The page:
Perpetual Virginity of Christ’s Mother

If Mary was thus strengthened against every movement of sin by her first sanctification, much more did grace grow in her and much more was concupiscence weakened or even completely uprooted in her, when the Holy Spirit came upon her, according to the angel’s word, to form of her the body of Christ. After she had been made the shrine of the Holy Spirit and the tabernacle of the Son of God, we may not believe that there was ever any inclination to sin in her, or that she ever experienced any pleasurable feeling of carnal concupiscence. And so we must view with revulsion the error of Helvidius who, while admitting that Christ was conceived and born of the Virgin, asserted that she later bore other sons to Joseph.

Certainly this error finds no support in Matthew’s statement that Joseph “knew her not” namely, Mary, “till she brought forth her first-born Son” (Matt. 1:25); as though he knew her after she gave birth to Christ. The word “till” in this text does not signify definite time but indicates indeterminate time. Sacred Scripture frequently asserts with emphasis that something was done or not done up to a certain time, as long as the issue could remain in doubt. Thus we read in Psalm 109:1: “Sit at my right hand until I make your enemies your footstool.” There could be some doubt whether Christ would sit at the right hand of God as long as His enemies did not seem to be subject to Him; but once we know that they are, no room for doubt could remain. Similarly there could be some doubt as to whether Joseph knew Mary before the birth of God’s Son. The Evangelist took pains to remove this doubt, thus giving us to understand beyond all question that she was not known after giving birth.

Nor does the fact that Christ is called Mary’s first-born give any support to the error, as though she bore other sons after Him. For in scriptural usage the son before whom no other is born is called the first-born, even though no other should follow him. This is clear from the case of the first-born sons who according to the Law were consecrated to the Lord and offered to the priests.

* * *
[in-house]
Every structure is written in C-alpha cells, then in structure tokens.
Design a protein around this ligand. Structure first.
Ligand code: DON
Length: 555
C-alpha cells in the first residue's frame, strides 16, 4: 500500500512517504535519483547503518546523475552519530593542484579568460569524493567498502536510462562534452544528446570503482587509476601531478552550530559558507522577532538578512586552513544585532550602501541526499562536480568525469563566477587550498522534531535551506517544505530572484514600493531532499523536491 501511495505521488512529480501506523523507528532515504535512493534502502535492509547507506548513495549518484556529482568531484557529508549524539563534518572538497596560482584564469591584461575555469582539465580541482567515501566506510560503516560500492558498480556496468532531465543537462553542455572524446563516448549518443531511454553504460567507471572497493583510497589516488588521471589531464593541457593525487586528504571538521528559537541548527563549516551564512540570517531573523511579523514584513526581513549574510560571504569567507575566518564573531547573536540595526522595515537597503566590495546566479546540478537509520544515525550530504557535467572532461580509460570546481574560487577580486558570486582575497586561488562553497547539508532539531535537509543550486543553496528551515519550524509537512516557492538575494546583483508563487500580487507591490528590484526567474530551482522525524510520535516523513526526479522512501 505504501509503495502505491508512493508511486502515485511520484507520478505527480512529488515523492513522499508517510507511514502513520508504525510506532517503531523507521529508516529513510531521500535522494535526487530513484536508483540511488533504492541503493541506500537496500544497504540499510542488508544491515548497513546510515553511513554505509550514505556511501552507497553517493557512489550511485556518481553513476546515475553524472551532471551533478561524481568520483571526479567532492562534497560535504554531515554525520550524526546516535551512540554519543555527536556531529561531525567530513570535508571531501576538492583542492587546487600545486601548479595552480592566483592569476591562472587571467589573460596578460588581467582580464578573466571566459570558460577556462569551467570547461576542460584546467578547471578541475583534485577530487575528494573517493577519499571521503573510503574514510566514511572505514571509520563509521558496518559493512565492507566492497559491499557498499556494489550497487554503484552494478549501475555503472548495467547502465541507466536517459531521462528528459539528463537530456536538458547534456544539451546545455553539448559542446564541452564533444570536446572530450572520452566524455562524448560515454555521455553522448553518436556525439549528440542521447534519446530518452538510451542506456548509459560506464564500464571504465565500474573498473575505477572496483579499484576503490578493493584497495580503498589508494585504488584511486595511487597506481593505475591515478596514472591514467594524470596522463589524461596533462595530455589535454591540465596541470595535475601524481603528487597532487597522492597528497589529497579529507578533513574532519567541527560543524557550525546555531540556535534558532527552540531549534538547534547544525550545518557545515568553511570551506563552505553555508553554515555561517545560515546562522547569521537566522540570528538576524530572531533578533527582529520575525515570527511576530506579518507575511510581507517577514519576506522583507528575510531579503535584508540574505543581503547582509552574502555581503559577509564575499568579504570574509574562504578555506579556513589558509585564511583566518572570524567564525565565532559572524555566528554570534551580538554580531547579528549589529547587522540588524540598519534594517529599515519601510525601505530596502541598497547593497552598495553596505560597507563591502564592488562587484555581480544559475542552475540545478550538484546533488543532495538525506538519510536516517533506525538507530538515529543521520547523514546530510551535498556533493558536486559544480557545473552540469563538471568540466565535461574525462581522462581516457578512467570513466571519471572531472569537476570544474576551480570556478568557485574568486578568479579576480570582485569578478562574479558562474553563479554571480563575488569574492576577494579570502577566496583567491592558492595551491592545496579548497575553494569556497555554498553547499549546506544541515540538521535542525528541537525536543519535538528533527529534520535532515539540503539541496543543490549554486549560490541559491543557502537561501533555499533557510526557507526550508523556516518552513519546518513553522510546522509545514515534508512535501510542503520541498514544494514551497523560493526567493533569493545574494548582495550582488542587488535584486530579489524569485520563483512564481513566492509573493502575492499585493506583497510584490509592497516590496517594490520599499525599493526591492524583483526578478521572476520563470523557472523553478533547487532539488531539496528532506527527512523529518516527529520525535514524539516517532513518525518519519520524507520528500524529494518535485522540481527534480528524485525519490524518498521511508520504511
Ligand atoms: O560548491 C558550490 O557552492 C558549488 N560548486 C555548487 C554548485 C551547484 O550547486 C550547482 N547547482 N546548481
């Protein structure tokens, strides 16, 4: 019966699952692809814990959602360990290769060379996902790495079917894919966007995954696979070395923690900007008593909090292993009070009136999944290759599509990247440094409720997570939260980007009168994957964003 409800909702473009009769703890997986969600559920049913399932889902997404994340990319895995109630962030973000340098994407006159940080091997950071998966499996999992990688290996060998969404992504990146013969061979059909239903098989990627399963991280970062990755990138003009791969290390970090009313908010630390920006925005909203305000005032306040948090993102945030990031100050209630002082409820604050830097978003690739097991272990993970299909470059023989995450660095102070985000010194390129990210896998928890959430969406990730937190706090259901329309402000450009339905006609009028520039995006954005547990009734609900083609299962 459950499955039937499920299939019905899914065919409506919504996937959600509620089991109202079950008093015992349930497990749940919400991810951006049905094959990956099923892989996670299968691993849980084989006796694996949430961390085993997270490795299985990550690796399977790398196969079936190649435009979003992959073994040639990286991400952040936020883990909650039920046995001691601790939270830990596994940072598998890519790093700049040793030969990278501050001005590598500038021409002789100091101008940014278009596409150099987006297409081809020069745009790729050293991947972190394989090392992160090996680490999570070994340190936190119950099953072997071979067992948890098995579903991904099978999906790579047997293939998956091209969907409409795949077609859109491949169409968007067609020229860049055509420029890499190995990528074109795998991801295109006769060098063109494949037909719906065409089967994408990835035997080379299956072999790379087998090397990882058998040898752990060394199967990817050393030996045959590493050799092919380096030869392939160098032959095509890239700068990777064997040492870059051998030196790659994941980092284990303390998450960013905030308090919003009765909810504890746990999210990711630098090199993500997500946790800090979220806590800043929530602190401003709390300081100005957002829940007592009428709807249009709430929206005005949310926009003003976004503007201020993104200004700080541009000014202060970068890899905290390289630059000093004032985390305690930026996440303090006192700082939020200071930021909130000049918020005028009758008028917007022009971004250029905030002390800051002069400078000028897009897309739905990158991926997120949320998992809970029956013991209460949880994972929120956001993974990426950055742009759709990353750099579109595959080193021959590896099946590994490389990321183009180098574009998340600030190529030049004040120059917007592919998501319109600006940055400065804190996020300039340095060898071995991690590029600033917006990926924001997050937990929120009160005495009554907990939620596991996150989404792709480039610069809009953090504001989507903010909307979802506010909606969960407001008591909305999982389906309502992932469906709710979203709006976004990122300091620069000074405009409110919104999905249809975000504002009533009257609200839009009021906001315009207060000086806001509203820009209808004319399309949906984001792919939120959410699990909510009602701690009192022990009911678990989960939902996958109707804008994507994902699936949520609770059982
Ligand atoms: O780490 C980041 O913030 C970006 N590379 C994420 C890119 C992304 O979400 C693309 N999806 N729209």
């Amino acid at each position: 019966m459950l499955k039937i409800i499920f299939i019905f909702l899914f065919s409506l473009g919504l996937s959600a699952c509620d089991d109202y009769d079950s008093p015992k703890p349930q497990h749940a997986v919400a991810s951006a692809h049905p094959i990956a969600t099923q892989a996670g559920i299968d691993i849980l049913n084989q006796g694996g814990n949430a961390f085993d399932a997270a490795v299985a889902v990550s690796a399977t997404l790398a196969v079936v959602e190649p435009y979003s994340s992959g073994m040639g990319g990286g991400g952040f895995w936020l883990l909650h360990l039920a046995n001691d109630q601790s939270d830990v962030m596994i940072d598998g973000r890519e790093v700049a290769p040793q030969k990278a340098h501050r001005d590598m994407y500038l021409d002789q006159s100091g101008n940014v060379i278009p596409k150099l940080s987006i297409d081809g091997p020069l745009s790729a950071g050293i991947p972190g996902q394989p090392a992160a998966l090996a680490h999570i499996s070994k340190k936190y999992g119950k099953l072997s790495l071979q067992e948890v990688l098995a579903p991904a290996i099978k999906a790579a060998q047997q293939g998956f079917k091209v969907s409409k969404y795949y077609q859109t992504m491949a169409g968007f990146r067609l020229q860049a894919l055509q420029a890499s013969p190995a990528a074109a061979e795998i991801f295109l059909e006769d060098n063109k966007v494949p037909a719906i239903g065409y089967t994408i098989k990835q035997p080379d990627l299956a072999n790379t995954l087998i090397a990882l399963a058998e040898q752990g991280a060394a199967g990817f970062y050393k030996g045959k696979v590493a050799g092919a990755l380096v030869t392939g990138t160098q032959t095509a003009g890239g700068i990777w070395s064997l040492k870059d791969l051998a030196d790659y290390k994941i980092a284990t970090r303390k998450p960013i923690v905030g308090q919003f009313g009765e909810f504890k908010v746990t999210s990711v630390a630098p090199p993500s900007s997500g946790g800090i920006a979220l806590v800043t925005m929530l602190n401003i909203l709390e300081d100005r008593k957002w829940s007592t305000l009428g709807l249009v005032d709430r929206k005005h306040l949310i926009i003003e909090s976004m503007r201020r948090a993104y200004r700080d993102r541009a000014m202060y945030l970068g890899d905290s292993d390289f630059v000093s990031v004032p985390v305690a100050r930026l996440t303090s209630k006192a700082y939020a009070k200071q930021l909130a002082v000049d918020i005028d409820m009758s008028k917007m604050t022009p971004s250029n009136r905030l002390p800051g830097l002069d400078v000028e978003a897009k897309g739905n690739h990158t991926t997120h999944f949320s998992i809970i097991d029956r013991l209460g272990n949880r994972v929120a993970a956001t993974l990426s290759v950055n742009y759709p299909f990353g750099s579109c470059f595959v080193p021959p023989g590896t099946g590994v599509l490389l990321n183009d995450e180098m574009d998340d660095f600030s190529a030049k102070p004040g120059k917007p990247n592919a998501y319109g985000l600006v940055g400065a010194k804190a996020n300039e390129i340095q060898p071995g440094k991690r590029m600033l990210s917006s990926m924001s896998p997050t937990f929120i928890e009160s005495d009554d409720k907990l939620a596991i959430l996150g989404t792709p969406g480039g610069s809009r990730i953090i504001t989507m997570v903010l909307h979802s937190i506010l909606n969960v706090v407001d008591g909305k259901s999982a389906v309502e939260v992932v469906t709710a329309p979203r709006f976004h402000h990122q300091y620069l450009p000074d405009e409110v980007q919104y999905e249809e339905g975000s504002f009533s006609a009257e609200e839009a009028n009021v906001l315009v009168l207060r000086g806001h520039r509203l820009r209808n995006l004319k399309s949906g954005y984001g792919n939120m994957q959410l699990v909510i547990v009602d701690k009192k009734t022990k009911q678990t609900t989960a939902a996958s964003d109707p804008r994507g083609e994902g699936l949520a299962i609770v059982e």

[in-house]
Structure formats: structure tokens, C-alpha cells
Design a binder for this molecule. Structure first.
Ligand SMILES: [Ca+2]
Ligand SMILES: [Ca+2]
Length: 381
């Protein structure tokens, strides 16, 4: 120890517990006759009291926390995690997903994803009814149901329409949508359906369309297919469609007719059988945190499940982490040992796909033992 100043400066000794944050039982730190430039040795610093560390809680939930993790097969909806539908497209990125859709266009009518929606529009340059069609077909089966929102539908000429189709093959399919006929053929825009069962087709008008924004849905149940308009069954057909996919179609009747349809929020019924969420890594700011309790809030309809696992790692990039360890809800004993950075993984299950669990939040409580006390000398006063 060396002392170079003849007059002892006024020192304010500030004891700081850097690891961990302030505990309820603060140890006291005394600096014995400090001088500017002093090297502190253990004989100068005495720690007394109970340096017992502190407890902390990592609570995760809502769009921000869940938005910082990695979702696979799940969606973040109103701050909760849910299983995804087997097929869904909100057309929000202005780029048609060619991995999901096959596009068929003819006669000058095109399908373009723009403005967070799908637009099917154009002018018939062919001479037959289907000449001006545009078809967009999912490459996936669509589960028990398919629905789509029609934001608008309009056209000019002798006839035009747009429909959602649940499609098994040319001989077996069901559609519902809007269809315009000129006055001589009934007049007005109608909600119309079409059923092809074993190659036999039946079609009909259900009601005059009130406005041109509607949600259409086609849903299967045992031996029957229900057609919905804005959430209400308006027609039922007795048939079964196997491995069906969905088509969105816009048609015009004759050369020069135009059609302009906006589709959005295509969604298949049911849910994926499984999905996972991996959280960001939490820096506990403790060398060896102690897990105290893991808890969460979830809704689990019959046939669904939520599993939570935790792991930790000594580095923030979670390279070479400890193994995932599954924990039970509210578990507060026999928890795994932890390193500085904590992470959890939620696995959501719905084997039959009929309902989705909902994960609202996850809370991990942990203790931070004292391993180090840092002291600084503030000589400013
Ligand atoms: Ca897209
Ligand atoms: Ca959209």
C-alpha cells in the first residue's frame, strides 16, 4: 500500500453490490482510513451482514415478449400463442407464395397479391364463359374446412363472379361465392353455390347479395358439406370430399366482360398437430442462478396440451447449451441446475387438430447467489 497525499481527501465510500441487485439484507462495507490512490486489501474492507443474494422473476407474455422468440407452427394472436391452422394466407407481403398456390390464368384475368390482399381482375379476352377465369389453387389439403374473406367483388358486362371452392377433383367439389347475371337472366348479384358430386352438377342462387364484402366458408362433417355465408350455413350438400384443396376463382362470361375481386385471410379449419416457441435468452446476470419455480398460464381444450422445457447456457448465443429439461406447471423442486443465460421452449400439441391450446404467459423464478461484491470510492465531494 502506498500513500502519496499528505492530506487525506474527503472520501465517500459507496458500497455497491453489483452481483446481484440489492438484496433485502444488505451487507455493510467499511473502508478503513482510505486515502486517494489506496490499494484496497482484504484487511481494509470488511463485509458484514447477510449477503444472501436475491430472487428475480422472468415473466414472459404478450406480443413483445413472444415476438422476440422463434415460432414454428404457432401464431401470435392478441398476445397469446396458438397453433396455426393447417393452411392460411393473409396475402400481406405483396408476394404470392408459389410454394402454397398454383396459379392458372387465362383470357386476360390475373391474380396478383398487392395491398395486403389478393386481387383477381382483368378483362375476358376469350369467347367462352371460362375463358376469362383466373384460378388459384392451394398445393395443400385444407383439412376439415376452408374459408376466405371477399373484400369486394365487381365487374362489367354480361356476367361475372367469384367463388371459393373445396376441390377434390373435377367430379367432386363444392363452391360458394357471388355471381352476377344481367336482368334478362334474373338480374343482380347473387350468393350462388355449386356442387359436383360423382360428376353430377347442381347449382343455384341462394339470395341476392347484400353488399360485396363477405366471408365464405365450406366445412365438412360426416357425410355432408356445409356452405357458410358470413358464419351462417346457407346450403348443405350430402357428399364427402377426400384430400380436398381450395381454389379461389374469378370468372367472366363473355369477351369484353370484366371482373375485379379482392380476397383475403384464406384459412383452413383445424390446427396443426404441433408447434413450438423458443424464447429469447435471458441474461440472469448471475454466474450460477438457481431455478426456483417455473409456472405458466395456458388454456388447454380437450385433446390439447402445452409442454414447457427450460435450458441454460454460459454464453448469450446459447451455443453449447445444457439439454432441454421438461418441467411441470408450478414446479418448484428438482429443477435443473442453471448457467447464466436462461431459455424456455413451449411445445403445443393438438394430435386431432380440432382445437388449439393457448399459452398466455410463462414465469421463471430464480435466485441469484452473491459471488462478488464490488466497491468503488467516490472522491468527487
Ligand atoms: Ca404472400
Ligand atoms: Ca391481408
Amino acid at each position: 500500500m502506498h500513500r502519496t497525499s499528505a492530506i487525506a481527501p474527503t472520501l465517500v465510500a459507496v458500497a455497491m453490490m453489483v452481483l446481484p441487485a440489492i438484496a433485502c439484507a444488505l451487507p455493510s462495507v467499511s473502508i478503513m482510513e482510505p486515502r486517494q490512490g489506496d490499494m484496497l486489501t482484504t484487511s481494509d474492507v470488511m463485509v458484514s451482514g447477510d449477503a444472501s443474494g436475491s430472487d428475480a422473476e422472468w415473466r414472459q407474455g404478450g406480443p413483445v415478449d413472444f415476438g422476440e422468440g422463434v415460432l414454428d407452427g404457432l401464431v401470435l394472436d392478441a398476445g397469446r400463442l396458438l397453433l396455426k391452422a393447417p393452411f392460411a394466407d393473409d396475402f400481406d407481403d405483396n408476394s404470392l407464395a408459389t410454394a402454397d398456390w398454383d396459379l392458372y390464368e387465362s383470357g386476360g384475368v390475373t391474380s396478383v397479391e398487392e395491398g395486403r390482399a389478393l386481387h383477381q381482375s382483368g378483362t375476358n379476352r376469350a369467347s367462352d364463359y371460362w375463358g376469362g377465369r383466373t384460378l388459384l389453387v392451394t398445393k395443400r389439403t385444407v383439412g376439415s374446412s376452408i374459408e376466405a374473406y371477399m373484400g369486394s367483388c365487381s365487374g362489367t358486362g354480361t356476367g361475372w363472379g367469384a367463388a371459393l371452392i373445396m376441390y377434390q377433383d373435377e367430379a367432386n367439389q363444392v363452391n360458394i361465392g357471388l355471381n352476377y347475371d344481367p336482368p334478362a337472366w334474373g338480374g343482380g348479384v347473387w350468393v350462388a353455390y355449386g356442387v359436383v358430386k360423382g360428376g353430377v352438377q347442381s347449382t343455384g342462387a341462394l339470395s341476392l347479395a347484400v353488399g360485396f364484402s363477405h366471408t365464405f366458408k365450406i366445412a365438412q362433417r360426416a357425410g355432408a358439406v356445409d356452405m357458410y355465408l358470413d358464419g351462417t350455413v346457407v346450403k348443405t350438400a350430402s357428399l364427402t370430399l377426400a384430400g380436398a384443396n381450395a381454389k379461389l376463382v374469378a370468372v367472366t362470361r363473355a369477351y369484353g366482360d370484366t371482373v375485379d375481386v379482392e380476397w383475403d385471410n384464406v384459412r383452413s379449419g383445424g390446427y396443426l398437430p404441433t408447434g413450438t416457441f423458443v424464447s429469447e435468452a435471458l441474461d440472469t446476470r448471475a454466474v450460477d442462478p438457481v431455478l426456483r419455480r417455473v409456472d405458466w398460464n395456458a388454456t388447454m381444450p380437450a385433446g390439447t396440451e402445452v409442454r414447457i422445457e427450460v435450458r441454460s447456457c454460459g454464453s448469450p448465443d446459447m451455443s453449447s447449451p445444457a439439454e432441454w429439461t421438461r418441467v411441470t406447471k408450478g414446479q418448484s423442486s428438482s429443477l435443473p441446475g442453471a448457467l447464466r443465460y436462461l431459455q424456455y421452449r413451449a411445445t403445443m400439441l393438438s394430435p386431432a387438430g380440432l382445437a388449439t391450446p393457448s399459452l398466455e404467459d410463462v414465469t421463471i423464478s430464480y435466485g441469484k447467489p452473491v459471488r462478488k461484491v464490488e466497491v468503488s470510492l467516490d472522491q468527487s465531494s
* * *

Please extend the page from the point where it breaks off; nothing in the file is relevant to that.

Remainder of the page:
Again, the error of Helvidius receives no support from the Gospel narrative that certain individuals are called the brethren of Christ, as though His mother had other sons. Scripture is accustomed to apply the name brethren to all who belong to the same relationship. For example, Abraham called Lot his brother, although Lot was his nephew. In the same way Mary’s nephews and other relatives are called Christ’s brethren, as also are the relatives of Joseph, who was reputed to be the father of Christ.

Accordingly the Creed states: “Who was born of the Virgin Mary.” And, indeed, she is called a virgin without any qualification, for she remained a virgin before the birth, at the birth, and after the birth of Christ. That there was no impairment of her virginity before and after Christ’s birth, is clear from what has been said. More than that: her virginity was not violated even in the act of giving birth. Christ’s body, which appeared to the disciples when the doors were closed, could by the same power come forth from the closed womb of His mother. It was not seemly that He, who was born for the purpose of restoring what was corrupt to its pristine integrity, should destroy integrity in being born.


St. Thomas Aquinas. (1265-1274). Compendium Theologiae: Perpetual Virginity of Christ’s Mother, trans. by Cyril Vollert. St. Louis & London: B. Herder Book Co., 1947

All scripture is given by inspiration of God and is profitable for doctrine, reproof, correction, and instruction in righteousness (2 Timothy 3:16).

Agere Sequitur Esse